Secretary of the State Denise Merrill formally notified the Schaghticoke Tribal Nation on Wednesday that her office’s mistaken acceptance of a business filing last month does not confer any right to develop a casino in Connecticut.
With or without her letter, the legal bars to the tribe getting in the casino business already were clear, despite a series of celebratory statements issued by Chief Richard Velky that the tribe would seek requests for proposals from communities interested in hosting a casino.
The obstacles are twofold:
- The Schaghticokes, who are not federally recognized as a tribe, have no authority to open a casino under the federal Indian Gaming Regulatory Act, the law that allowed the Mohegans and Mashantucket Pequots to open casinos in eastern Connecticut.
- And the special act passed in 2015 by the General Assembly, which only established a process for exploring community interest in hosting the first casino off tribal lands, explicitly applied only to the Mohegans and Mashantucket Pequots.
The business filing at issue is the articles of organization for a limited liability corporation, Confluence of Rivers Tribal Business Entity, that the Schaghticokes created for the sole purpose of developing a casino under the special act.
Merrill told Velky last week that her office accepted the filing in error.
Under other circumstances, the stated purpose of an LLC is irrelevant to the secretary of the state’s office. But no one other than the other two tribes were legally entitled to create a “tribal business entity” under the special act, 15-7.
Her letter Wednesday seemed prompted by Velky’s statement Tuesday that he still believed the tribe had the authority to proceeded under the special act.
“7 days ago we were told ‘yes’ by the State. 6 days ago we were told ‘no’ by the State through their press statement,” he said in an emailed statement. “Yet here we are, a week later, and approval for our application hasn’t been rescinded. I can only assume that means the Secretary of the State’s office understands that it is wandering into dangerous legal territory if in fact it tries to rescind a perfectly valid, legal application that it initially approved.”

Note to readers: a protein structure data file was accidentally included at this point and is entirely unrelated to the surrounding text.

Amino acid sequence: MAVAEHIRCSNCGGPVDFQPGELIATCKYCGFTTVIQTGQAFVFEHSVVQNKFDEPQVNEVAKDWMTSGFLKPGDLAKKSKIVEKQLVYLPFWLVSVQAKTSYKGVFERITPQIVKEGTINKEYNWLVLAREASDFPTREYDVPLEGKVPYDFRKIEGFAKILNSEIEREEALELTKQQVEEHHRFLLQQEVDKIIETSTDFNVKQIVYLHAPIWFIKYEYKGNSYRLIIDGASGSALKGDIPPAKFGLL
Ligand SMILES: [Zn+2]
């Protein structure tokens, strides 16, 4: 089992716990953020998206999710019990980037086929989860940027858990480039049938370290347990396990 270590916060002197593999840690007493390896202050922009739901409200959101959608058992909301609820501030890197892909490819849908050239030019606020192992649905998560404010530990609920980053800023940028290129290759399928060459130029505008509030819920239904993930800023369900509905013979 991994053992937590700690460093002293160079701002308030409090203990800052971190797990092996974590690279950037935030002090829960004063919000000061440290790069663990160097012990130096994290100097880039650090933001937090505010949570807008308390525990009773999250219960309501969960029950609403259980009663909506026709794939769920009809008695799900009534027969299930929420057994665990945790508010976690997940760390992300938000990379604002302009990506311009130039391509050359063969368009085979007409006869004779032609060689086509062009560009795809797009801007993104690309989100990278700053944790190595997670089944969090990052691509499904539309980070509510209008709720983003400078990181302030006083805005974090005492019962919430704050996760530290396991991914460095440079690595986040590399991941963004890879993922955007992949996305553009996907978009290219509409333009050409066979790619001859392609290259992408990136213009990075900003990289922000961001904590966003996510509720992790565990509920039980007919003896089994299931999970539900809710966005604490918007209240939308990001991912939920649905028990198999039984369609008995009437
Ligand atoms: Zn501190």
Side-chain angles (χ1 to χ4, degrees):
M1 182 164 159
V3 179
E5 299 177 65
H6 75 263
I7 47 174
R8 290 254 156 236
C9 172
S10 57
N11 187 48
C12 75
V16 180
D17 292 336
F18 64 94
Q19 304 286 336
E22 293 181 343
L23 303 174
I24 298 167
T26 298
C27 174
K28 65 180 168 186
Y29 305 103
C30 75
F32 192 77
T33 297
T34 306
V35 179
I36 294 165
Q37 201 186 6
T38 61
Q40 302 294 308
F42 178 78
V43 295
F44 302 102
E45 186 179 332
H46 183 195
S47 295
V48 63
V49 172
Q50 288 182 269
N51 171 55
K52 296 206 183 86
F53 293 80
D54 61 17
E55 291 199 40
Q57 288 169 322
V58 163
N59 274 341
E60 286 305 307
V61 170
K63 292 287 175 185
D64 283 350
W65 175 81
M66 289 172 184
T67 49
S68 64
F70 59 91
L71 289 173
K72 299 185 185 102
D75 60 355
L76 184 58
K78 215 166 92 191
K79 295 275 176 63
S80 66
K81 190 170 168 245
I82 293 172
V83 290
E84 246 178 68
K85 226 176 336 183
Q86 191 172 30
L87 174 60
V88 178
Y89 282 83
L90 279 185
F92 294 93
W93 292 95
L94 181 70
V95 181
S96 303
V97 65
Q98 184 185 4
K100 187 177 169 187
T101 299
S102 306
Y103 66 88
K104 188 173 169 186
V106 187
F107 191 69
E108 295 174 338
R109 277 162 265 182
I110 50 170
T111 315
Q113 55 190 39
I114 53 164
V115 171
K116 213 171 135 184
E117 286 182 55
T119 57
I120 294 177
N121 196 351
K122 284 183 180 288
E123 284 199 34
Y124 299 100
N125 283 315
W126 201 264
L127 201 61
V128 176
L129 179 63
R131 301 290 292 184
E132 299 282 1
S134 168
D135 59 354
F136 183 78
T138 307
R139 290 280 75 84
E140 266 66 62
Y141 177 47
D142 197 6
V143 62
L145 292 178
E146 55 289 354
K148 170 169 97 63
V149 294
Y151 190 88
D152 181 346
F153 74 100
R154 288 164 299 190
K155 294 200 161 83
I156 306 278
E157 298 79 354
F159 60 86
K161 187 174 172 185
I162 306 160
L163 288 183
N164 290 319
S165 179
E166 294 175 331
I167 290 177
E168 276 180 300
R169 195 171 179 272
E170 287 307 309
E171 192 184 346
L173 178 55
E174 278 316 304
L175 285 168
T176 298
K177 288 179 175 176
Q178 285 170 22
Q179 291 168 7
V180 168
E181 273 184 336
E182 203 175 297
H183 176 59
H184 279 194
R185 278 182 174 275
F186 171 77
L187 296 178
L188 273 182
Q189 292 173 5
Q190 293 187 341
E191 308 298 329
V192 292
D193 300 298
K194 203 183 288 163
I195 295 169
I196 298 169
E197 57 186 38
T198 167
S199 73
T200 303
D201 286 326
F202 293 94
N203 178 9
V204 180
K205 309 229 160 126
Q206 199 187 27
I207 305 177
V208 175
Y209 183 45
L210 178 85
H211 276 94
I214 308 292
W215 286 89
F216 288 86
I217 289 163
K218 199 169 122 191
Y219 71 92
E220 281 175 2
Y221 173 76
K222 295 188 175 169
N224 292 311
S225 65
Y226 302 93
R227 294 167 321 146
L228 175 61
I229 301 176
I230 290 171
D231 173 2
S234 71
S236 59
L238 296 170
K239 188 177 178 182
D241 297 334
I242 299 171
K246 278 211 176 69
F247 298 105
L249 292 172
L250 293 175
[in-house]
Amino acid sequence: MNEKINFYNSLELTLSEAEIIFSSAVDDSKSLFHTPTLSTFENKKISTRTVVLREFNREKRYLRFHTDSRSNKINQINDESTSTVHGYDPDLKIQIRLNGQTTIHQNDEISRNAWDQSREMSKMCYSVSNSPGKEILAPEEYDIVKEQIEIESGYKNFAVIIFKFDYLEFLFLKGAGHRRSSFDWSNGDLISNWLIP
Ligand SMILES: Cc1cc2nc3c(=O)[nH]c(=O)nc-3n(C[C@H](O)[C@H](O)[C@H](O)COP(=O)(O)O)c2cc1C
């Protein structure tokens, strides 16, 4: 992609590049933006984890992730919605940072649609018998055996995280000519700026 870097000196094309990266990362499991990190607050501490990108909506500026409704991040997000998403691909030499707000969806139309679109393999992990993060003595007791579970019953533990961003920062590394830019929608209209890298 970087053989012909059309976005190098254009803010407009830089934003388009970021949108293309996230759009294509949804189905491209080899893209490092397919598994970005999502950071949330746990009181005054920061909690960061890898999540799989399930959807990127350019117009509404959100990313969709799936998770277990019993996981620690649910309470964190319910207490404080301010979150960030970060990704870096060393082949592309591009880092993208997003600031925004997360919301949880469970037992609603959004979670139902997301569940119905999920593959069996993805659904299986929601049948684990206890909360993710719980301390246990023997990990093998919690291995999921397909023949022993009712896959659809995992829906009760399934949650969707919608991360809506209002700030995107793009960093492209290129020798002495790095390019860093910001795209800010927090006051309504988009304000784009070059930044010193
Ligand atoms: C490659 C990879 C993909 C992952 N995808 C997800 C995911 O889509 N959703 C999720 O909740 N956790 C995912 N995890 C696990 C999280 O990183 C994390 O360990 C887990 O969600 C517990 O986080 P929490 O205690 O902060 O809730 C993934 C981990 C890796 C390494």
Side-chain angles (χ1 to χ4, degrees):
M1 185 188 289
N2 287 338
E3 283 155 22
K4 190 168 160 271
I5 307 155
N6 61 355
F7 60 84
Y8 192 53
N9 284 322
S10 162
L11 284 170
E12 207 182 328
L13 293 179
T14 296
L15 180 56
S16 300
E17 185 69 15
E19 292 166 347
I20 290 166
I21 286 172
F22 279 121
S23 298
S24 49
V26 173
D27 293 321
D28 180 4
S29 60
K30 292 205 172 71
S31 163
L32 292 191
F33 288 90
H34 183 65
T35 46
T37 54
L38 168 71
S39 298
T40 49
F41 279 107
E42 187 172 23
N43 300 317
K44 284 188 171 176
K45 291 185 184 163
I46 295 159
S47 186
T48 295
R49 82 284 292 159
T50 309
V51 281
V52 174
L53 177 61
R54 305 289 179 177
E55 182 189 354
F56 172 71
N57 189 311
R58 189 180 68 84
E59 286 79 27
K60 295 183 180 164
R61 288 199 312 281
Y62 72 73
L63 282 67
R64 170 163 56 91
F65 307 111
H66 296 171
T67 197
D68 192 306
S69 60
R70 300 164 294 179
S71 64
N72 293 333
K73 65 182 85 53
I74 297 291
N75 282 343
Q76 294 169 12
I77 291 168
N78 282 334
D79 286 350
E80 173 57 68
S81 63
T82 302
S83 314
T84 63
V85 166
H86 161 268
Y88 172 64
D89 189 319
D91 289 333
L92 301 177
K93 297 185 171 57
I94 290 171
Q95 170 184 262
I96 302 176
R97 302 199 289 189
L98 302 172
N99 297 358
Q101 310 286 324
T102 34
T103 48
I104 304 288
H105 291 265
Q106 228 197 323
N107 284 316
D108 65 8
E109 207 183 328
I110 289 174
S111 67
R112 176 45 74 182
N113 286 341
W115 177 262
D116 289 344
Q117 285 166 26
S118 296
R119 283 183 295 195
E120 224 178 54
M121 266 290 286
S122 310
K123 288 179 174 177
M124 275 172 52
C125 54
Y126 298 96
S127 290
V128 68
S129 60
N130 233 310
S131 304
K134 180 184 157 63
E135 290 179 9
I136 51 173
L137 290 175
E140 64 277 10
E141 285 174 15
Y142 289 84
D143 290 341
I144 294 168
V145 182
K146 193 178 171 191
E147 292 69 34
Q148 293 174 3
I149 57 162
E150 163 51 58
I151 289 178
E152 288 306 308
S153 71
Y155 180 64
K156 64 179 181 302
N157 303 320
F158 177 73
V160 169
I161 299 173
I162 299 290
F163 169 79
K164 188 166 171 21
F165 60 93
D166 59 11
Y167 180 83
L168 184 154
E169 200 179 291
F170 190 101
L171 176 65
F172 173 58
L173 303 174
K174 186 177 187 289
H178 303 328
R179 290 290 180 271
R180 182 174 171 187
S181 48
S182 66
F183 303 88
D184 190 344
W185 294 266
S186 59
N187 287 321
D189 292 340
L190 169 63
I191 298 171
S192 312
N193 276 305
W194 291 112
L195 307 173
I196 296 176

Merrill advised Velky on Wednesday that the tribe’s LLC will remain on the record, but it cannot develop a casino under the special act.
She told him in her letter, “The Secretary’s error in filing the document neither confers legality on the applicant’s stated purpose nor properly authorizes the exercise of asserted rights under Special Act 15-7.”
Meanwhile, even the Mohegans and Mashantucket Pequots face significant hurdles in jointly developing a casino in the I-91 corridor north of Hartford to compete with the MGM casino resort under construction over the state line in Springfield.
The special act essentially gives them the state’s blessing to see if a community is interested in a casino. The tribes recently announced they still are assessing proposals by potential community partners.
Once a proposal is selected, they still have to seek approval of legislation authorizing a casino, something the General Assembly declined to do last year in light of questions raised by Attorney General George Jepsen.
Jepsen warned that legislation giving the tribes exclusive rights to a new casino would itself be a gamble, potentially endangering the current profit-sharing deal with the tribes and exposing the state to claims of illegal favoritism.
Those issues have yet to be resolved.